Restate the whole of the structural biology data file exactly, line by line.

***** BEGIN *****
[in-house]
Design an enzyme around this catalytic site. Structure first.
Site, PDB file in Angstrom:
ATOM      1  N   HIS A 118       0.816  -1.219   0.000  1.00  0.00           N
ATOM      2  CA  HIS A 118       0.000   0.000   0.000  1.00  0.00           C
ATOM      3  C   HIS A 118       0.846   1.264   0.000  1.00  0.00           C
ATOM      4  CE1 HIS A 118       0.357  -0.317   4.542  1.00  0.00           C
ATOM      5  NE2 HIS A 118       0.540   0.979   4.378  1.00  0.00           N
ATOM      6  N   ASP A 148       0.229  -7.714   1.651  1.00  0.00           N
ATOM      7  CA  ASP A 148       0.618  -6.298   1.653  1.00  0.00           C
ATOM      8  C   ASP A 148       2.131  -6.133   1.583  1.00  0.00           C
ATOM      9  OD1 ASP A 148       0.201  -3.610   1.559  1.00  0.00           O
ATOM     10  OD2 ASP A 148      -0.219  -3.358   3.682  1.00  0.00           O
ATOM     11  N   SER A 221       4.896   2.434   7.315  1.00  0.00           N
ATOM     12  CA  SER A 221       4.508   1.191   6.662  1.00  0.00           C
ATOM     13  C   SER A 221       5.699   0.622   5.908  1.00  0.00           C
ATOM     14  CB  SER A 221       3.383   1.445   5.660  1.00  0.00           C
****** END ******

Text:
[in-house]
Design an enzyme around this catalytic site. Structure first.
Site, PDB file in Angstrom:
ATOM      1  N   HIS A 118       0.816  -1.219   0.000  1.00  0.00           N
ATOM      2  CA  HIS A 118       0.000   0.000   0.000  1.00  0.00           C
ATOM      3  C   HIS A 118       0.846   1.264   0.000  1.00  0.00           C
ATOM      4  CE1 HIS A 118       0.357  -0.317   4.542  1.00  0.00           C
ATOM      5  NE2 HIS A 118       0.540   0.979   4.378  1.00  0.00           N
ATOM      6  N   ASP A 148       0.229  -7.714   1.651  1.00  0.00           N
ATOM      7  CA  ASP A 148       0.618  -6.298   1.653  1.00  0.00           C
ATOM      8  C   ASP A 148       2.131  -6.133   1.583  1.00  0.00           C
ATOM      9  OD1 ASP A 148       0.201  -3.610   1.559  1.00  0.00           O
ATOM     10  OD2 ASP A 148      -0.219  -3.358   3.682  1.00  0.00           O
ATOM     11  N   SER A 221       4.896   2.434   7.315  1.00  0.00           N
ATOM     12  CA  SER A 221       4.508   1.191   6.662  1.00  0.00           C
ATOM     13  C   SER A 221       5.699   0.622   5.908  1.00  0.00           C
ATOM     14  CB  SER A 221       3.383   1.445   5.660  1.00  0.00           C